Violence against women is a continuum of acts that violate women’s basic human rights. It includes physical, psychological and sexual harm or threats thereof, and it may be perpetrated within families, within communities or by governments.
One of the most significant achievements in the last decade has been the recognition by the United Nations and a growing number of governments that violence against women is a human rights issue. For instance, the UN Declaration on the Elimination of Violence against Women (1993) recognized that “violence against women is a manifestation of historically unequal power relations between men and women, which have led to domination over and discrimination against women by men and to the prevention of the full advancement of women, and that violence against women is one of the crucial social mechanisms by which women are forced into a subordinate position compared with men.”
In 1994, the ICPD called on governments to take full measures to eliminate all forms of exploitation, abuse, harassment and violence against women, adolescents and girls. Over the past decade, gender-based violence has gained recognition as a human rights violation that needs to be addressed broadly, through high-level advocacy, mass communication campaigns and legal and civil action, including support for victims.
UNFPA advocates widely against gender-based violence in its many forms. It pushes for effective legislation and enforcement for changes in cultural paradigms that allow gender-base violence to continue, and for support and protection of the rights of victims. For instance, the Fund works on many fronts to address domestic violence, including through support of community-based programmes, such as those in Indonesia, Moldova and the Gaza Strip. UNFPA has also piloted a manual to assist reproductive health providers in ten countries address the rights of women who have endured violence. And in many countries, including Peru, Timor-Leste and others, the Fund helps sensitize police to the rights of women who have been abused by their partners.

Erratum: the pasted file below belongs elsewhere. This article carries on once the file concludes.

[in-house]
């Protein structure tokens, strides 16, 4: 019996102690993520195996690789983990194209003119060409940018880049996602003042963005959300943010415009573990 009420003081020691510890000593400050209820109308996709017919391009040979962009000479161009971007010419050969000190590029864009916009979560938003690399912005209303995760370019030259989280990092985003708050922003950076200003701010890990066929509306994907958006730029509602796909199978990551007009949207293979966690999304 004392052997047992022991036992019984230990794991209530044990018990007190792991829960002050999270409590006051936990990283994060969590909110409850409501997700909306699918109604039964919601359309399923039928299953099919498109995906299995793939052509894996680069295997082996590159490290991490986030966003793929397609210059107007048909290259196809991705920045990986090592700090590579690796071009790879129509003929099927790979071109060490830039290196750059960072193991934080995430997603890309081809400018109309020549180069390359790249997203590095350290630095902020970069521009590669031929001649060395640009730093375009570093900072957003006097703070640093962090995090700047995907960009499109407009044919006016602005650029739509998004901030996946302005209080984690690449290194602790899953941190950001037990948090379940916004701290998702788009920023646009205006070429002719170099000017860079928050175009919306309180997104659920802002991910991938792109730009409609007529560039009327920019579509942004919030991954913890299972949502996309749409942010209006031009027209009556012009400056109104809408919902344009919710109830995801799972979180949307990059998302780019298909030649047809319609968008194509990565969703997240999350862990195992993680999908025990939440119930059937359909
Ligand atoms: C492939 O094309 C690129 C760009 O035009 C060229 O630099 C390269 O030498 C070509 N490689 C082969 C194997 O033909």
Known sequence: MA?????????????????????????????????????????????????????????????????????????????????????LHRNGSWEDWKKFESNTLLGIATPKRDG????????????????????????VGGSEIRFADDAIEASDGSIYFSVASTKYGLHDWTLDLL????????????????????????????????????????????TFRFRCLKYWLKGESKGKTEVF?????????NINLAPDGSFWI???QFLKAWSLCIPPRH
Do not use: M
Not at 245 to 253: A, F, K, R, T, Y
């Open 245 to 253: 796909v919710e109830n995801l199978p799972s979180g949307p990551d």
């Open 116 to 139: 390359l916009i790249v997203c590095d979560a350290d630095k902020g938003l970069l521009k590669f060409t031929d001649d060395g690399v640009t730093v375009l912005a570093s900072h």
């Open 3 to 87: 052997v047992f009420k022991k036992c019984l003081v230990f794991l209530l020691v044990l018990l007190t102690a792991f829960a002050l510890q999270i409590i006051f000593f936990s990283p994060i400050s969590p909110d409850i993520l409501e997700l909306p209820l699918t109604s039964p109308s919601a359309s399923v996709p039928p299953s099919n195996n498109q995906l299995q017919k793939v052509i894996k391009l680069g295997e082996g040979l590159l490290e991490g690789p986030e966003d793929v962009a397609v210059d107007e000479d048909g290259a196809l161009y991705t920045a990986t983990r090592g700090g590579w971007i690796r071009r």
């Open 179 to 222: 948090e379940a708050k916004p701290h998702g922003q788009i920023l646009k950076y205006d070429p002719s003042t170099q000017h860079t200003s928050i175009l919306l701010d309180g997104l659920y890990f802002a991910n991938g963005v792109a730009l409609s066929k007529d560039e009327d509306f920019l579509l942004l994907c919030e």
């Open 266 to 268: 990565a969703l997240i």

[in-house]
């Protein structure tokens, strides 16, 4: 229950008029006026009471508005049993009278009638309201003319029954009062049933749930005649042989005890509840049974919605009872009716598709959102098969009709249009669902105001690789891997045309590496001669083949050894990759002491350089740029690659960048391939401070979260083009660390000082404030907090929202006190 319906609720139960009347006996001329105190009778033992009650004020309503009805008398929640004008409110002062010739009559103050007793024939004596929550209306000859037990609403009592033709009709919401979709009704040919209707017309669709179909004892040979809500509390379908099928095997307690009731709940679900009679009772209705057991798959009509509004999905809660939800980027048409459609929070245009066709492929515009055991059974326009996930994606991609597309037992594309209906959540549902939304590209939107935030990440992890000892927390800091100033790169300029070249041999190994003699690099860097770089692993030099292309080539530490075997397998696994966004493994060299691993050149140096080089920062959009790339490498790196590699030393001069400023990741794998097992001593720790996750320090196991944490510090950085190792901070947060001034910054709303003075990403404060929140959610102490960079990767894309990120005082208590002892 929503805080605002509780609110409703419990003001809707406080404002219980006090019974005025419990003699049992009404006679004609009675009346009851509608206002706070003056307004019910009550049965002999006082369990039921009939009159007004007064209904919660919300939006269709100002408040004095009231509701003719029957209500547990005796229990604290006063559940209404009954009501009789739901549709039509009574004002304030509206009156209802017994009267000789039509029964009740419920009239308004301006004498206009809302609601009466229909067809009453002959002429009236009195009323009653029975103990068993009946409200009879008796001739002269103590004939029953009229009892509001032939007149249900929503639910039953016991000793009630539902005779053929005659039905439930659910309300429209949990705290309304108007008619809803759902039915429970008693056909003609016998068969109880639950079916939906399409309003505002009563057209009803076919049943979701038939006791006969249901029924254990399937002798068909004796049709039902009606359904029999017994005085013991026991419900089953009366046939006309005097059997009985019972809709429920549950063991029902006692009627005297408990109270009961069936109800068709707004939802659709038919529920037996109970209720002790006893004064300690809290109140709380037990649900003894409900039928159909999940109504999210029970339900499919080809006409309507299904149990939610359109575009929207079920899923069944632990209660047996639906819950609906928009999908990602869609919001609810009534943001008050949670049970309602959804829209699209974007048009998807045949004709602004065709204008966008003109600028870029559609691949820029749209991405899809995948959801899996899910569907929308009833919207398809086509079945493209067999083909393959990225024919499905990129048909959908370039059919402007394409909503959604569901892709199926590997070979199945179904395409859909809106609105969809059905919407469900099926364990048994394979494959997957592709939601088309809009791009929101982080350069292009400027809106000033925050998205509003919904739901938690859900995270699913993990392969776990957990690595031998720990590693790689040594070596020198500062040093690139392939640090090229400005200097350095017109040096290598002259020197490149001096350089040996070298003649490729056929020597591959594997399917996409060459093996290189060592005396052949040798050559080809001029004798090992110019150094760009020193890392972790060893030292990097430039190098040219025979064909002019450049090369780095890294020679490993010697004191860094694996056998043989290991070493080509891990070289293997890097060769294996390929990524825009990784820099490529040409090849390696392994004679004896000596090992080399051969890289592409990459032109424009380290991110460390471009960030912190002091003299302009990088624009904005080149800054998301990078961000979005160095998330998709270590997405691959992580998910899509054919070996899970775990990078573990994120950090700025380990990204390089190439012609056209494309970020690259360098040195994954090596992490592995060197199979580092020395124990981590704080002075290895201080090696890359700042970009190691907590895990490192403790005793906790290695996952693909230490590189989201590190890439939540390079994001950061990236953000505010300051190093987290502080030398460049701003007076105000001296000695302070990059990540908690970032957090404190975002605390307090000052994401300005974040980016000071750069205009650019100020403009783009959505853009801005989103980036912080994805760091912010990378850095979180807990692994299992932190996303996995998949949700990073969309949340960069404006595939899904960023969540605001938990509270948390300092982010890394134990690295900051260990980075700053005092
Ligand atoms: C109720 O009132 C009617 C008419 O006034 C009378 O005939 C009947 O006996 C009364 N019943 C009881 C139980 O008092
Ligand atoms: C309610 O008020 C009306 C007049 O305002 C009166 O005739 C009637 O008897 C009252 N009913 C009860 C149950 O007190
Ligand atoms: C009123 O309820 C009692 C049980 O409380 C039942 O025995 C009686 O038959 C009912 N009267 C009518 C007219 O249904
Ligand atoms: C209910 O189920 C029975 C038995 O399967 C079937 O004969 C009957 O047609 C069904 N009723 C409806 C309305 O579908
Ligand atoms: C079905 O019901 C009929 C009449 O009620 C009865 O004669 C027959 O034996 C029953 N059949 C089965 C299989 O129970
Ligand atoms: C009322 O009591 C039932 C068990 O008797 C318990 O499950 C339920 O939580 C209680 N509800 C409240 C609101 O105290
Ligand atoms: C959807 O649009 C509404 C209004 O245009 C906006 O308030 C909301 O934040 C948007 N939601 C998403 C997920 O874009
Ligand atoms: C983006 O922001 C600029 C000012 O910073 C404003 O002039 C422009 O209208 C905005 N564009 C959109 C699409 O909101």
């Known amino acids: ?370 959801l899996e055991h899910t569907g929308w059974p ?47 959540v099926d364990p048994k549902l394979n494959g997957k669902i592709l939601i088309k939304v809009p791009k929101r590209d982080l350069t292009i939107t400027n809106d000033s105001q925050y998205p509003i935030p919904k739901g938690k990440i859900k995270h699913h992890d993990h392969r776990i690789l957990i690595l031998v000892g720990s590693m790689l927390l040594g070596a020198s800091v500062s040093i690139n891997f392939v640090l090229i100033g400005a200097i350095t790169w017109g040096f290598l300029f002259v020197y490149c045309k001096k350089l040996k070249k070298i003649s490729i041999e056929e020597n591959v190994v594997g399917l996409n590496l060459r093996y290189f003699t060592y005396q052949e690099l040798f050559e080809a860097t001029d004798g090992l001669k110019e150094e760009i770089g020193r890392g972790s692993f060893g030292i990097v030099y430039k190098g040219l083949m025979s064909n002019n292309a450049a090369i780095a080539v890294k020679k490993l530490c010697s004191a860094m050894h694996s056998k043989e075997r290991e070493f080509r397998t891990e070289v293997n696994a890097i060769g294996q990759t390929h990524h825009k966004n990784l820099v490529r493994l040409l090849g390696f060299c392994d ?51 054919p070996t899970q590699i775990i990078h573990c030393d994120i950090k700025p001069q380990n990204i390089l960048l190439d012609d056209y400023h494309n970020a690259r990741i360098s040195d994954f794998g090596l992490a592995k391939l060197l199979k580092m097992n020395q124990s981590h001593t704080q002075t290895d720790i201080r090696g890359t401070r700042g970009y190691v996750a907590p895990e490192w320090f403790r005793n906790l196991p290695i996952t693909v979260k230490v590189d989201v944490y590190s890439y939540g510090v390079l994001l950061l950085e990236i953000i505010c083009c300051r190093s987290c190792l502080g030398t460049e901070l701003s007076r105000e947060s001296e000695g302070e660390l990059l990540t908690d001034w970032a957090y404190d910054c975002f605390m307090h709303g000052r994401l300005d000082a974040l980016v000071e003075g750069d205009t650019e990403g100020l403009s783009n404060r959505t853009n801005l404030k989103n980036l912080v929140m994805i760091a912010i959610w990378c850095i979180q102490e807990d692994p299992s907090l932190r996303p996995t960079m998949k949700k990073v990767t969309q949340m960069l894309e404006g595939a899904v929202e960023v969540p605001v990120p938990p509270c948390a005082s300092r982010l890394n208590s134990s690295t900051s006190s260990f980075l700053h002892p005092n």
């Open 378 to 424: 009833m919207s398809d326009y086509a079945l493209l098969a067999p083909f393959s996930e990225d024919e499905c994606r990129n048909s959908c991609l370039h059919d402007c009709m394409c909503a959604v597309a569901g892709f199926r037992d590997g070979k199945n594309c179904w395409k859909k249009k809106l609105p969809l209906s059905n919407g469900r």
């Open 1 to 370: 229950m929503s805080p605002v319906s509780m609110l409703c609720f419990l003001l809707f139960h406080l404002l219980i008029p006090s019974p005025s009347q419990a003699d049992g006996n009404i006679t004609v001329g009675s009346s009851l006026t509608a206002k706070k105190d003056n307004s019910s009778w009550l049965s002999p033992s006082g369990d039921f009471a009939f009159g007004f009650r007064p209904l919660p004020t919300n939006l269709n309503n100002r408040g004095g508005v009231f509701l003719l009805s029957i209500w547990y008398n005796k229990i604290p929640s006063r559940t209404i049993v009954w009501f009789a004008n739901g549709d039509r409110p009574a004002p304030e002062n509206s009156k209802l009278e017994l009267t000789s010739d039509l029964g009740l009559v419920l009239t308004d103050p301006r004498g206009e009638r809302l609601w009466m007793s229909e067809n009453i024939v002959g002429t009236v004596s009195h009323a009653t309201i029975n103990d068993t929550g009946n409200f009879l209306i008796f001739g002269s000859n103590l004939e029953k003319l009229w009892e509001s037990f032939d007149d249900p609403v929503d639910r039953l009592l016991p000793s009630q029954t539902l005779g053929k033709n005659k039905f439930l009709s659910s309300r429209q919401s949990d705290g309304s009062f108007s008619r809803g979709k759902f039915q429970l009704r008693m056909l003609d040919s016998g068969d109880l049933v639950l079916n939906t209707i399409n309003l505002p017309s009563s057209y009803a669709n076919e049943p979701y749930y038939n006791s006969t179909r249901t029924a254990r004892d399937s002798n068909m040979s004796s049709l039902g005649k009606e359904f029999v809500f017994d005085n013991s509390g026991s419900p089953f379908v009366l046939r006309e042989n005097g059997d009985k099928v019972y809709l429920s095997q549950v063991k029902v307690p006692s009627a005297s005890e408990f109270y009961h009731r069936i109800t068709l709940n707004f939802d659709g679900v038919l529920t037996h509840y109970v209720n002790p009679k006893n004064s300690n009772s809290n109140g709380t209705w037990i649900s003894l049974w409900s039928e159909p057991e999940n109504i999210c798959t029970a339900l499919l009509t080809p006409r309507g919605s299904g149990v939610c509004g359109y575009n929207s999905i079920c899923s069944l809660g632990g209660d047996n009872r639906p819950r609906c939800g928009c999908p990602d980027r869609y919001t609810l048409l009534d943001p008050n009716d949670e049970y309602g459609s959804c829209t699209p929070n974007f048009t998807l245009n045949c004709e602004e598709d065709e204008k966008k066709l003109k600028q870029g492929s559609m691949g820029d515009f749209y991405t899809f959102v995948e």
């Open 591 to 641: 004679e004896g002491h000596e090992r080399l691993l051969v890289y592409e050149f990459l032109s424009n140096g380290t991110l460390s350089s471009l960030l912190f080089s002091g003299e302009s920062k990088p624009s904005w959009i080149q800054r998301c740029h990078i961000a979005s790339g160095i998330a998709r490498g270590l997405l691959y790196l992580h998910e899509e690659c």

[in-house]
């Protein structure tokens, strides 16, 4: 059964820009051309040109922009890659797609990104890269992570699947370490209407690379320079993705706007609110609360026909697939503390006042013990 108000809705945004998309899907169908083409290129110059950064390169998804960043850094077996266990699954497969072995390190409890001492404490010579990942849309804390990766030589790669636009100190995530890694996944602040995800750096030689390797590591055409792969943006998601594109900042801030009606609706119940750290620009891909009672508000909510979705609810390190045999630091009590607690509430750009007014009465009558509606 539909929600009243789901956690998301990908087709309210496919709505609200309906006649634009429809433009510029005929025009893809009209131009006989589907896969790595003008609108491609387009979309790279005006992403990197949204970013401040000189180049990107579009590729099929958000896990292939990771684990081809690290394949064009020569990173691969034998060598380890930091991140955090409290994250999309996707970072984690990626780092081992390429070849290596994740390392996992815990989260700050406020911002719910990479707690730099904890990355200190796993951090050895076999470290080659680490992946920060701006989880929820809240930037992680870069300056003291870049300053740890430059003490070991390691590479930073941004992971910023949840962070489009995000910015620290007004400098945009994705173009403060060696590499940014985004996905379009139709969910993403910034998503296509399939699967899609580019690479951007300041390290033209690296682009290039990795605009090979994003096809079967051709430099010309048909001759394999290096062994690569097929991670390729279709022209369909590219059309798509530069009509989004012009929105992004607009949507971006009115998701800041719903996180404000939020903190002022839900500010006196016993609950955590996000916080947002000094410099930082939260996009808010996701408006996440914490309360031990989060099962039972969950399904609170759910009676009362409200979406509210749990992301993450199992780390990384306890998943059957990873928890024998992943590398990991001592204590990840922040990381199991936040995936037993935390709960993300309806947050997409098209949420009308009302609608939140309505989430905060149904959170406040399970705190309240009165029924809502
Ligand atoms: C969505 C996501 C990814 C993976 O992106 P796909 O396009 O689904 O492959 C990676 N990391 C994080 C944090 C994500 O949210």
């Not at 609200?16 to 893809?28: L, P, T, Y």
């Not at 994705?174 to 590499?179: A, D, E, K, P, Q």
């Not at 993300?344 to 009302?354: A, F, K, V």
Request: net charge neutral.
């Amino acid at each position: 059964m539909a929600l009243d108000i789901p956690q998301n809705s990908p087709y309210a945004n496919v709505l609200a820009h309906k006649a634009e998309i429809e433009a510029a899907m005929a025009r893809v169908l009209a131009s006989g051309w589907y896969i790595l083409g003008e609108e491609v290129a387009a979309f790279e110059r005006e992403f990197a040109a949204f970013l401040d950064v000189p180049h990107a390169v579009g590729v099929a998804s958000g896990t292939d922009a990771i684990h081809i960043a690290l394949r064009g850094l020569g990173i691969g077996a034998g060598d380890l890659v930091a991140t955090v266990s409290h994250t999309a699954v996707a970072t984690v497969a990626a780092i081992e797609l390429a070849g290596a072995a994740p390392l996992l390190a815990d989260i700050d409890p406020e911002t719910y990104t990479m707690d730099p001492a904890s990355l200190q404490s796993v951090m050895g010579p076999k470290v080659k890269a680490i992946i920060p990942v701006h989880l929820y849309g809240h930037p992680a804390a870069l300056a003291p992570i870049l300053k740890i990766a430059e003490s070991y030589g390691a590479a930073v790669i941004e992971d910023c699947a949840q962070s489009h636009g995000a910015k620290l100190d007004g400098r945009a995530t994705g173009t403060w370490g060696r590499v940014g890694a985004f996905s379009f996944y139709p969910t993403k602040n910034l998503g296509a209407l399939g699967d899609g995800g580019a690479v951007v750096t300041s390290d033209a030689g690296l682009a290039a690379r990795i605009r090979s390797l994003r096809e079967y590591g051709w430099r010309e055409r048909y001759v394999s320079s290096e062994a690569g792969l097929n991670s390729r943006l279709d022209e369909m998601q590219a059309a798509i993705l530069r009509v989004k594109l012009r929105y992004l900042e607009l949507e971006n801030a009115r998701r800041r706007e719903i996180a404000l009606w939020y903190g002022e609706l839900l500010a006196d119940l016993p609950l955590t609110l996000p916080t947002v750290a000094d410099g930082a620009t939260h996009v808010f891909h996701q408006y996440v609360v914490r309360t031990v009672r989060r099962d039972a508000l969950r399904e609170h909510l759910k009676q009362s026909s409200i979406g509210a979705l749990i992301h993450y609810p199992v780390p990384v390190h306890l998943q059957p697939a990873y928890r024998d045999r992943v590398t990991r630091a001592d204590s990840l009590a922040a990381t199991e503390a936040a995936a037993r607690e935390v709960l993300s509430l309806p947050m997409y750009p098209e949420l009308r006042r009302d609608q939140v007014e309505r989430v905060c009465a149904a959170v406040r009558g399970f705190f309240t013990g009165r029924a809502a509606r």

UNFPA also supports the rights of girls and women whose rights are denied through harmful, but culturally tolerated practices, such as sex-selective abortion of girls, child marriage and female genital mutilation. In such situations, the Fund uses culturally sensitive approaches to build community support for the human rights of women and girls. UNFPA also speaks out against institutionalized forms of sexual violence, such as sexual trafficking.
UNFPA was a driving force in a coalition of partners that pushed for the adoption of Mongolia's 2005 Law against Domestic Violence. Beginning in 2002, as a followup to a meeting with parliamentarians, the Fund took part in advocacy and sensitization activities about the issue, including the production and distribution of brochures, posters and a media kit. As part of the effort, a study was also undertaken to look at the ways judicial, legal and administrative institutions resolved cases and issues related to domestic violence.